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General Assembly to review additional steroids

30 September 2009 2,026 views No Comment

WASHINGTON — The Food and Drug Administration told Congress Tuesday that it has limited abilities to keep dietary supplements with steroids from hitting market shelves.

“FDA generally cannot identify violative products before they enter the marketplace,” said Michael Levy, director of the FDA’s division of new drugs and labeling compliance, at a hearing of the Senate Judiciary crime and drugs subcommittee. “After products enter the market, we must undertake a painstaking investigative and analytical process” to show the products violate the law.

Levy said that dietary supplement makers need not prove a product is safe unless it contains a new ingredient not previously part of the food supply. That allows unscrupulous companies to market products that can pose health risks, he said.

“Marketing a steroid product as a ‘dietary supplement’ conveys to the consumer a false sense of safety and legitimacy for these potentially harmful products,” Levy said.

Daniel Fabricant, interim executive director and CEO of the Natural Products Association, which represents retailers, manufacturers, suppliers and distributors of health foods and dietary supplements, said his industry is being “victimized by a guerilla-style criminal drug-peddling operation.” He said the solution is enforcement of current laws.

The subcommittee chairman, Sen. Arlen Specter, a Pennsylvania Democrat and Philadelphia Phillies fan, said before the hearing that his interest was piqued in part by the case of Phillies pitcher J.C. Romero, who was suspended for 50 games this season after testing positive for androstenedione, a substance that slugger Mark McGwire used in the 1990s that was later banned by baseball.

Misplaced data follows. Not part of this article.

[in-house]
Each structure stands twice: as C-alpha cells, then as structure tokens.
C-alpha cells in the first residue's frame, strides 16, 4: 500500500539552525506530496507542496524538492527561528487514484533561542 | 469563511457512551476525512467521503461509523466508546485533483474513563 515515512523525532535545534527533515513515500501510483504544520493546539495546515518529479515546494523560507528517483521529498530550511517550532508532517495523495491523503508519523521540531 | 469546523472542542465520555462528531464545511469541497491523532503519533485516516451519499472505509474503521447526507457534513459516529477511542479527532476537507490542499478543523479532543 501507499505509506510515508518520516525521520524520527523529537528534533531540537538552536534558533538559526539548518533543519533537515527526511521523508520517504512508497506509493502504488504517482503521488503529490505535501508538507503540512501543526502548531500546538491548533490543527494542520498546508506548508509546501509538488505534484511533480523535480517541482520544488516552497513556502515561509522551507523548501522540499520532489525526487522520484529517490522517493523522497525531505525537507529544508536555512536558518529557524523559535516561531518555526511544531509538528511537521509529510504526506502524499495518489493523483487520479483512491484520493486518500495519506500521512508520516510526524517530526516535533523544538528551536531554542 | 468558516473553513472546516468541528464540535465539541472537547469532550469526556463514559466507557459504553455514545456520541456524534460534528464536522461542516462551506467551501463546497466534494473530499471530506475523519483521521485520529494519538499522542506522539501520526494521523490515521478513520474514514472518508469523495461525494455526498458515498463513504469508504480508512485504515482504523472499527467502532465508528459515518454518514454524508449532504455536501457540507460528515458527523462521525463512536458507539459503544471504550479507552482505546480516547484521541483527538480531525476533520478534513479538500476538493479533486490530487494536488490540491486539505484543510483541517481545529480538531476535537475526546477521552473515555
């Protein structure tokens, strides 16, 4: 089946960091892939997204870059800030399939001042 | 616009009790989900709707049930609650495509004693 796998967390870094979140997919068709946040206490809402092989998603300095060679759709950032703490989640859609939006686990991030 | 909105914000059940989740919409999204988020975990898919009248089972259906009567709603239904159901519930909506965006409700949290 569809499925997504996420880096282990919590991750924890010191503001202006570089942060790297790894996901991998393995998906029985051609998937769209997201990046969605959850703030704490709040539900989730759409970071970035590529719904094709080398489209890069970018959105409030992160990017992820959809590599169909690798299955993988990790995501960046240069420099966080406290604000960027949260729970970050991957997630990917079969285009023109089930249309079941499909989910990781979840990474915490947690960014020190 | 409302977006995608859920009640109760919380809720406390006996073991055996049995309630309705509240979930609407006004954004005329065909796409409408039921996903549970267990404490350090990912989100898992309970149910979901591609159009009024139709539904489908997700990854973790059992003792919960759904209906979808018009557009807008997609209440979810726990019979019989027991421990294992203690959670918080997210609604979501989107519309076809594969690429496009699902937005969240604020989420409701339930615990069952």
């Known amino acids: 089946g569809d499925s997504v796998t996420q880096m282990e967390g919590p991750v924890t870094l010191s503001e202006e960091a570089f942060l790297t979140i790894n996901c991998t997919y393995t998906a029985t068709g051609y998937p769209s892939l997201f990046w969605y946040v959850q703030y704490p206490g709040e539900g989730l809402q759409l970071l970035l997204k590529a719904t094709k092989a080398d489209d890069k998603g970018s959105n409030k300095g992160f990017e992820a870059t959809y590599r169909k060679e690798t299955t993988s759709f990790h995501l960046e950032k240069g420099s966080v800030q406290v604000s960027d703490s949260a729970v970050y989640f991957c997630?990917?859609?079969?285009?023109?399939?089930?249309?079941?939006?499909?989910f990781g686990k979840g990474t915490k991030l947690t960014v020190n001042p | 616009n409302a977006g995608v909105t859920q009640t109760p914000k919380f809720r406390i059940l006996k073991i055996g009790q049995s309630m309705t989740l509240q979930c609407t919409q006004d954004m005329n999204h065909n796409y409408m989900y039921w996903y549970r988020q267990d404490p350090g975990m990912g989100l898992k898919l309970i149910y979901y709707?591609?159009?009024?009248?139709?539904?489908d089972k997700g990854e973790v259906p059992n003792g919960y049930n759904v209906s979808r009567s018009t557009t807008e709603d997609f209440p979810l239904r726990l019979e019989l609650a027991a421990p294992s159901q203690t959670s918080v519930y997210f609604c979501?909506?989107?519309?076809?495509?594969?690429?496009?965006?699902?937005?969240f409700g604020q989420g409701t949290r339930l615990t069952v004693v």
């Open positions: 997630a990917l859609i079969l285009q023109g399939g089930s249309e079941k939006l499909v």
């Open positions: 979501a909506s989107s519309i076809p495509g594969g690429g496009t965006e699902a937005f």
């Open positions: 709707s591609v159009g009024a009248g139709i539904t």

Romero sued the manufacturer of an over-the-counter supplement earlier this year, arguing that it should bear the blame for his suspension because it misrepresented its products and ingredients.

“We’re looking at whether there’s adequate protection for consumers from getting these supplements which have steroids or steroid-like substances,” Specter told The Associated Press in an interview. “These tainted products can cause life-threatening injuries, such as kidney failure and liver injury.”

Congress rewrote the dietary supplements regulations in 1994. Some critics say the regulations are not strong enough.

Now, the Major League Baseball Players Association is pressing Congress to establish stricter reporting requirements for supplement manufacturers and tougher penalties for repeat offenders. The union is also lobbying Congress to require that supplements be analyzed by a federally certified lab that would determine the ingredients to be listed on the label.

Don Fehr, head of the baseball players union, said the lack of government regulation is especially problematic for amateur and professional athletes who might use over-the-counter supplements because a positive test for a banned substance can lead to suspension.

“Players, like everyone else, have no idea what they’re taking,” Fehr said in an interview. “I’m sure there are some good supplement products in the market that are safe, effective and accurately identified. I hope these products can be protected. But as of now, there is no way a player or anyone else can know with certainty that what they are taking is accurately described on the label.”

Last week, Food and Drug Administration investigators executed a search warrant of BodyBuilding.com, seeking evidence that it deals in designer steroids and andro. The FDA conducted a similar probe of American Cellular Labs in July.

Steve Mister, president and CEO of the Council for Responsible Nutrition, which represents the dietary supplement industry, said there is a “small fringe” of manufacturers that offer products which include steroids and other banned substances. He said sports nutrition supplements account for about 10 percent of the $25 billion supplement industry, and “those muscle enlargement products that seem to be a concern are just a small fraction of that.”

Copyright © 2009 The Associated Press. All rights reserved.


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